Kissing in Manhattanby David Schickler
Dial, 274 pp., $21.95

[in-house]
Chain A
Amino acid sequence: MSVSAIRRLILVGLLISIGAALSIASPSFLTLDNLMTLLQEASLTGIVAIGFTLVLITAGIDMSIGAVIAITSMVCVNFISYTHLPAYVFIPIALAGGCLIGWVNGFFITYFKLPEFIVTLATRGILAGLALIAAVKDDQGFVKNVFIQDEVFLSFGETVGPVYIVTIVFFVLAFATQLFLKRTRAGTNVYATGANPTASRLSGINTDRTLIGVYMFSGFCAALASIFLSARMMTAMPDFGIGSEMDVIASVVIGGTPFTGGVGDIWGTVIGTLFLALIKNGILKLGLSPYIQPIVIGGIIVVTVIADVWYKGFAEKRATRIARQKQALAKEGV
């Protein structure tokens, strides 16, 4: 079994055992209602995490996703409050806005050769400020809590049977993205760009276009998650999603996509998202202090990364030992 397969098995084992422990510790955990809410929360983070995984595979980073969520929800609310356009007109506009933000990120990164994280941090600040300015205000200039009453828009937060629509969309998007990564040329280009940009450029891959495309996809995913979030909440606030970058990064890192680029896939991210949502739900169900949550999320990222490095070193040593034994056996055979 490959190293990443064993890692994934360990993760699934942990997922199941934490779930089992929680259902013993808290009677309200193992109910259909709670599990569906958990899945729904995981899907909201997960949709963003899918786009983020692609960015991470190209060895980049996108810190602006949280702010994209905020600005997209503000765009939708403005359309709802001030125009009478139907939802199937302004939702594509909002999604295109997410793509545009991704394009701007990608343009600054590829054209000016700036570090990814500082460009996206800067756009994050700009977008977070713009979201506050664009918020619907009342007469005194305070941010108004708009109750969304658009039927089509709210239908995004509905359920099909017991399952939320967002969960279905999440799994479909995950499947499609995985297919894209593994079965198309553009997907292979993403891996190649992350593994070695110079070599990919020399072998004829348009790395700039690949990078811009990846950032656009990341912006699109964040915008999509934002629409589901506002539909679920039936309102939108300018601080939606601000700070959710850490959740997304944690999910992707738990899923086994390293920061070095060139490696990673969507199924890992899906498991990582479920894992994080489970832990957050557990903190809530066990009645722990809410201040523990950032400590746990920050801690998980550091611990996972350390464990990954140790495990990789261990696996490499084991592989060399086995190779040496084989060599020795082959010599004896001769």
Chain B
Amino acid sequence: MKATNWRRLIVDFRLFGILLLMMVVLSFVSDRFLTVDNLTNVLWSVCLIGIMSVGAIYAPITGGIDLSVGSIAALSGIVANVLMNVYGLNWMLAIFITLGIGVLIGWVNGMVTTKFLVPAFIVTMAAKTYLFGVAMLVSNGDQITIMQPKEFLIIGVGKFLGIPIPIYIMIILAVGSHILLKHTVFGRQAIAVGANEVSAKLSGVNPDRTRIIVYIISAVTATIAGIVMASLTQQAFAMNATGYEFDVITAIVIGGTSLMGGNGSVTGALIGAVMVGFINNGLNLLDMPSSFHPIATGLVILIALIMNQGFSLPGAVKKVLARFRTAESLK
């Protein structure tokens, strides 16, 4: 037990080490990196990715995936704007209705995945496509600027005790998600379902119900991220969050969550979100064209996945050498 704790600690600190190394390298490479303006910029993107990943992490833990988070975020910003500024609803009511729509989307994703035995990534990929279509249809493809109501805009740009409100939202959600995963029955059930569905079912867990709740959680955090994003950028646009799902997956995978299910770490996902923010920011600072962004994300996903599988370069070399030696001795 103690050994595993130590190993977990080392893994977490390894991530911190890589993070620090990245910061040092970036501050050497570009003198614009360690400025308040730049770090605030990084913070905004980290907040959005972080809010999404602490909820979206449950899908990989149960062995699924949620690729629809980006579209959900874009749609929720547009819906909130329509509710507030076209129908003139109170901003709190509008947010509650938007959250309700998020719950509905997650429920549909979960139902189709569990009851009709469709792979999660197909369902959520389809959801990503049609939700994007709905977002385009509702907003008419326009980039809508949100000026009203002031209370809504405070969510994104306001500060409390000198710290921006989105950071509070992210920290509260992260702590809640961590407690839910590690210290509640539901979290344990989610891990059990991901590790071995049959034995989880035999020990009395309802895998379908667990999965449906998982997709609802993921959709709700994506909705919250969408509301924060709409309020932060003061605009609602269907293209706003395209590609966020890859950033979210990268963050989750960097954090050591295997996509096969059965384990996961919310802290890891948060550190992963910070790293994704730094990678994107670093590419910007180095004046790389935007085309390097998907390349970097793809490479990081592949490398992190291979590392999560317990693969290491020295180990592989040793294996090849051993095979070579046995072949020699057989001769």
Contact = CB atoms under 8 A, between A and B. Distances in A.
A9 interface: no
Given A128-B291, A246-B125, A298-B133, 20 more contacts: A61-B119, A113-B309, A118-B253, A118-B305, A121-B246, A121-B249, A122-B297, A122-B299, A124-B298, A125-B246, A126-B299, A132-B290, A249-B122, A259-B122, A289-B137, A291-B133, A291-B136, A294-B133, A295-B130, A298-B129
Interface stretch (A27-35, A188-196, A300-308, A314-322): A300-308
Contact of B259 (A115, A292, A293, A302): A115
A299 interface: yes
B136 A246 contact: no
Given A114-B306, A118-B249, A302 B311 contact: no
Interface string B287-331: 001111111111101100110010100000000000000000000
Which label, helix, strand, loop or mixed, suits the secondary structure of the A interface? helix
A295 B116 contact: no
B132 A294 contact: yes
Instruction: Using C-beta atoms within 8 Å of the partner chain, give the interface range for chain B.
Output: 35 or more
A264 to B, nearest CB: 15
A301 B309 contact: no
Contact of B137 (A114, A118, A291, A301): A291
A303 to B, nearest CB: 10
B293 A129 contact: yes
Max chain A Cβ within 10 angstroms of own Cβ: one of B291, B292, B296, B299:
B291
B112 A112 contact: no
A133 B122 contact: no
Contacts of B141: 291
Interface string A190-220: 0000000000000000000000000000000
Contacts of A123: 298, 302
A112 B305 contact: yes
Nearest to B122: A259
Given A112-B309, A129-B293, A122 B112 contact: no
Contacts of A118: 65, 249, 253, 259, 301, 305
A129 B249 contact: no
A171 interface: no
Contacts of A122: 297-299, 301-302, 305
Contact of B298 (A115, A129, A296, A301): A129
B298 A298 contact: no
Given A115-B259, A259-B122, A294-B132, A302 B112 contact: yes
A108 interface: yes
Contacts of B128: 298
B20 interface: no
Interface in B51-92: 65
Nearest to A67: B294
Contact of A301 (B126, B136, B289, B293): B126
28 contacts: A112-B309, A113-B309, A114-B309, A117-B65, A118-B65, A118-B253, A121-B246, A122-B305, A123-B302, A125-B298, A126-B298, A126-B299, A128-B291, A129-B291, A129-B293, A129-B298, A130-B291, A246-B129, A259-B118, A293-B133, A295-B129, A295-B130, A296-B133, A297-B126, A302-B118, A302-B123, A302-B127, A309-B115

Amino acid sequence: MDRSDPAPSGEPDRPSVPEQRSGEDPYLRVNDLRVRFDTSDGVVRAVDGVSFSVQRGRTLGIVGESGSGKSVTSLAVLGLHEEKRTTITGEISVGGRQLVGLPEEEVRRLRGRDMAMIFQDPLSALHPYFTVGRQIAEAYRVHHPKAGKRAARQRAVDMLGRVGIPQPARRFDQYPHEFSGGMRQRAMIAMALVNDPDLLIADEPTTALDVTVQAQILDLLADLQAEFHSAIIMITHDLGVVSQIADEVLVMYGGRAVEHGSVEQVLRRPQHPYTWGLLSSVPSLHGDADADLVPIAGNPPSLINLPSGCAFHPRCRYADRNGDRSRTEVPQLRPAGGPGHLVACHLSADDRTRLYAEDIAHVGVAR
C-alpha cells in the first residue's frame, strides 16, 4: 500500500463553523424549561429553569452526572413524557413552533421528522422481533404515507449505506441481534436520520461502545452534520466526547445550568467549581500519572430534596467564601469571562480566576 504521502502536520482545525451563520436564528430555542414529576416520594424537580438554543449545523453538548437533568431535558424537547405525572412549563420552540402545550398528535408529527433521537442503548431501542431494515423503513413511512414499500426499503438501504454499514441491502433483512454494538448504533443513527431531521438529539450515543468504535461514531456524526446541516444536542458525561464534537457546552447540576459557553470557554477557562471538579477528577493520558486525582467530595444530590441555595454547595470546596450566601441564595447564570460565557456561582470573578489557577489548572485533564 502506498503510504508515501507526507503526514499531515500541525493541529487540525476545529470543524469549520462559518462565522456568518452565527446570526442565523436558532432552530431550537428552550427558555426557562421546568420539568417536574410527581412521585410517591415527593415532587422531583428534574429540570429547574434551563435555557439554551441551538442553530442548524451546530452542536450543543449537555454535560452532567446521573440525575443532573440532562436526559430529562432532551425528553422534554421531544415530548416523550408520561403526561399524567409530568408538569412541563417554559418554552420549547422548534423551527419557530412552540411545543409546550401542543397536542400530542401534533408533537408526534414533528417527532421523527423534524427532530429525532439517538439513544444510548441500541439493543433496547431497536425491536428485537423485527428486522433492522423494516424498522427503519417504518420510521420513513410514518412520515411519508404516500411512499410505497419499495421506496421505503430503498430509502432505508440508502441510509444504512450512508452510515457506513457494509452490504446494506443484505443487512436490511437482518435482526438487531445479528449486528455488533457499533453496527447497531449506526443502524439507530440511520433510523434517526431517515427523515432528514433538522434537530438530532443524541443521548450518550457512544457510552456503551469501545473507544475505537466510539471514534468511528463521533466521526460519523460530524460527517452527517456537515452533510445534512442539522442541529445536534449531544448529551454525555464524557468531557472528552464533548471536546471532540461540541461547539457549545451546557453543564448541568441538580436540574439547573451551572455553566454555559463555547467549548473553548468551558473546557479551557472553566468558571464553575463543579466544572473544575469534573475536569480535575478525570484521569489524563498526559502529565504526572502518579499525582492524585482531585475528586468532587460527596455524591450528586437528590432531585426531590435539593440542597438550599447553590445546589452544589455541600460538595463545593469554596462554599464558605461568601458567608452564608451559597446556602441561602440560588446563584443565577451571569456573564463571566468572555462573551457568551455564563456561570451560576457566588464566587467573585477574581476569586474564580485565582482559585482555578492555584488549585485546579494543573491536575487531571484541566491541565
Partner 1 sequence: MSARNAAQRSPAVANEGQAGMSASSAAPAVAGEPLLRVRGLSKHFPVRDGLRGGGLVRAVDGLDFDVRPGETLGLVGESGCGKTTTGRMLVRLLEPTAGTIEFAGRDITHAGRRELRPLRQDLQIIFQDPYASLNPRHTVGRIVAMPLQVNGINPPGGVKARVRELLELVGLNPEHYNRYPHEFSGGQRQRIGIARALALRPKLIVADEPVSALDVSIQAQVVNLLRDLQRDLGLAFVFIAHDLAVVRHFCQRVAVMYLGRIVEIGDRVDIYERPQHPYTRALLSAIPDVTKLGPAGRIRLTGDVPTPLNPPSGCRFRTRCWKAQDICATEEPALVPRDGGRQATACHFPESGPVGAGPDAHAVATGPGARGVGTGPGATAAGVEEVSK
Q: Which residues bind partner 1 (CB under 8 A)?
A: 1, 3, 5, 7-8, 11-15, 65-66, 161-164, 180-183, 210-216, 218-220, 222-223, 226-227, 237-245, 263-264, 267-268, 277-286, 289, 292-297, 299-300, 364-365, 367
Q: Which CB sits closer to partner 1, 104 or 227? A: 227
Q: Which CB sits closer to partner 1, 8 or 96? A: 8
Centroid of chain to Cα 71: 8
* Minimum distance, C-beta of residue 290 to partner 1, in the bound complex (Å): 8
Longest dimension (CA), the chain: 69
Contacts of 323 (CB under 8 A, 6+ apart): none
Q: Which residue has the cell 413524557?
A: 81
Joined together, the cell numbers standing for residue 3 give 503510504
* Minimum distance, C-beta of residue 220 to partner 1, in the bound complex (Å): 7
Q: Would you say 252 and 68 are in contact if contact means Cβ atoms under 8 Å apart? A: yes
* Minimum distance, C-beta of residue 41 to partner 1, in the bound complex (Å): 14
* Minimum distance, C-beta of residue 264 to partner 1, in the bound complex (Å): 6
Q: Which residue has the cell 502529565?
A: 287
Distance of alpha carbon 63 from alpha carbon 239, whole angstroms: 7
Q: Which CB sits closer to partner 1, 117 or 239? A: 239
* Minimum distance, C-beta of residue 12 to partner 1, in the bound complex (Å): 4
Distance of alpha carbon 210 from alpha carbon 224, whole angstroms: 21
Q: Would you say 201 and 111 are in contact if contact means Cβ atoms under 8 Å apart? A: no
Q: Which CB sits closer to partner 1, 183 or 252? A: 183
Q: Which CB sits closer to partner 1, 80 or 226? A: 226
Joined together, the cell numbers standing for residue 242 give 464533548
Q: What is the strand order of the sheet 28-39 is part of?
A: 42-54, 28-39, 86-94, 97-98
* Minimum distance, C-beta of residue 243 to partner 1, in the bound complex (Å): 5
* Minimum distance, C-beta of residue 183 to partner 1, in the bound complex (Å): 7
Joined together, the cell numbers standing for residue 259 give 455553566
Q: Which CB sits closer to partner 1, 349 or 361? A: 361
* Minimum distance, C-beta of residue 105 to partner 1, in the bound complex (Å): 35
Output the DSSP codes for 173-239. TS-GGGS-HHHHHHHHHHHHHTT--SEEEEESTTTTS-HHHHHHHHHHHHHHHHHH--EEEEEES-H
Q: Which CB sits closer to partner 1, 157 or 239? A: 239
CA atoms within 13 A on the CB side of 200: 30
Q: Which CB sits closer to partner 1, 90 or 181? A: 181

David Schickler's Manhattan is a defamiliarized black magic kingdom overrun with lunatics and losers, people waiting for love and people just waiting to die. Patrick Rigg is its king. A Wall Street trader and lapsed Catholic whose prepubescent trauma leads to an adulthood of gun-toting and sexless bondage rituals, Rigg is as close to a main character as we get during Schickler's novel-in-stories. He lives in the opulent Preemption apartments with James Branch, a "sleepy-eyed" accountant who falls almost fatally in love with Rally McWilliams, the teacher's pet of Rigg's rotating roster of submissives, in "Telling It All to Otis" (Otis being a mystical antique elevator and another element of Kissing in Manhattan's pastiche of such contemporary works as The Intuitionist and American Psycho). Other Preemption residents and Rigg acquaintances include Hannah Glorybrook, the vengeful heroine of "Serendipity," and Nicole Bowen, the icy high school prodigy with a parentally endorsed crush on a lonely teacher in "The Smoker," which debuted in The New Yorker last year. None of Schickler's disturbingly comic yet simply rendered grownup bedtime stories quite matches "The Smoker" and its warped Chekovian charm, but there are certainly echoes spinning and bouncing throughout.